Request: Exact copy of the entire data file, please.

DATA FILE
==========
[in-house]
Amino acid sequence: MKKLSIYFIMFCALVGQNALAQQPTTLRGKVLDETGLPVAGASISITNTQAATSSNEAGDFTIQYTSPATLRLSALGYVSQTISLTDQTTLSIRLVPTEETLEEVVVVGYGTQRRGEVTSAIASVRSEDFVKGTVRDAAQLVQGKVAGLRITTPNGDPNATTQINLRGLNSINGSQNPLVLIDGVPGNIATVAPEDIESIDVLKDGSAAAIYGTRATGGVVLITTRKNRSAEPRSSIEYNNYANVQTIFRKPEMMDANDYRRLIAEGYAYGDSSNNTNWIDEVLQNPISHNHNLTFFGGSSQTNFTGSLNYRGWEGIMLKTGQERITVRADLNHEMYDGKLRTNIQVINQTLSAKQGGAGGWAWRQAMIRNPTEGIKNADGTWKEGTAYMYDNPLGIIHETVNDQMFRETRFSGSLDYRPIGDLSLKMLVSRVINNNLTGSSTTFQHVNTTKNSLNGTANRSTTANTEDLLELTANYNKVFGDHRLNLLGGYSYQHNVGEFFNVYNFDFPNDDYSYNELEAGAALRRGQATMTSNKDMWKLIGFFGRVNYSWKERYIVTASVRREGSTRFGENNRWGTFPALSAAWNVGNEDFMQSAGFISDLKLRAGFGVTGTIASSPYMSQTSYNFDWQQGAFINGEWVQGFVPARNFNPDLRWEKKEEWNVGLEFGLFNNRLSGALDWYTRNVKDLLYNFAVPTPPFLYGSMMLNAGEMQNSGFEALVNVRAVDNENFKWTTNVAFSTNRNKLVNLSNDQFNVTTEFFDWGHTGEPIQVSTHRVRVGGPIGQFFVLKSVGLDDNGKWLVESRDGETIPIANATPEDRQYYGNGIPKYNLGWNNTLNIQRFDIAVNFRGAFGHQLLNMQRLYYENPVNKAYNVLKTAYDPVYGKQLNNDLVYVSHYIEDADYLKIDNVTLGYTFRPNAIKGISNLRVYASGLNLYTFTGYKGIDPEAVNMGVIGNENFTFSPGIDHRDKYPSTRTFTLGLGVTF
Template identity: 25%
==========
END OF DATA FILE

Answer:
[in-house]
Amino acid sequence: MKKLSIYFIMFCALVGQNALAQQPTTLRGKVLDETGLPVAGASISITNTQAATSSNEAGDFTIQYTSPATLRLSALGYVSQTISLTDQTTLSIRLVPTEETLEEVVVVGYGTQRRGEVTSAIASVRSEDFVKGTVRDAAQLVQGKVAGLRITTPNGDPNATTQINLRGLNSINGSQNPLVLIDGVPGNIATVAPEDIESIDVLKDGSAAAIYGTRATGGVVLITTRKNRSAEPRSSIEYNNYANVQTIFRKPEMMDANDYRRLIAEGYAYGDSSNNTNWIDEVLQNPISHNHNLTFFGGSSQTNFTGSLNYRGWEGIMLKTGQERITVRADLNHEMYDGKLRTNIQVINQTLSAKQGGAGGWAWRQAMIRNPTEGIKNADGTWKEGTAYMYDNPLGIIHETVNDQMFRETRFSGSLDYRPIGDLSLKMLVSRVINNNLTGSSTTFQHVNTTKNSLNGTANRSTTANTEDLLELTANYNKVFGDHRLNLLGGYSYQHNVGEFFNVYNFDFPNDDYSYNELEAGAALRRGQATMTSNKDMWKLIGFFGRVNYSWKERYIVTASVRREGSTRFGENNRWGTFPALSAAWNVGNEDFMQSAGFISDLKLRAGFGVTGTIASSPYMSQTSYNFDWQQGAFINGEWVQGFVPARNFNPDLRWEKKEEWNVGLEFGLFNNRLSGALDWYTRNVKDLLYNFAVPTPPFLYGSMMLNAGEMQNSGFEALVNVRAVDNENFKWTTNVAFSTNRNKLVNLSNDQFNVTTEFFDWGHTGEPIQVSTHRVRVGGPIGQFFVLKSVGLDDNGKWLVESRDGETIPIANATPEDRQYYGNGIPKYNLGWNNTLNIQRFDIAVNFRGAFGHQLLNMQRLYYENPVNKAYNVLKTAYDPVYGKQLNNDLVYVSHYIEDADYLKIDNVTLGYTFRPNAIKGISNLRVYASGLNLYTFTGYKGIDPEAVNMGVIGNENFTFSPGIDHRDKYPSTRTFTLGLGVTF
Template identity: 25%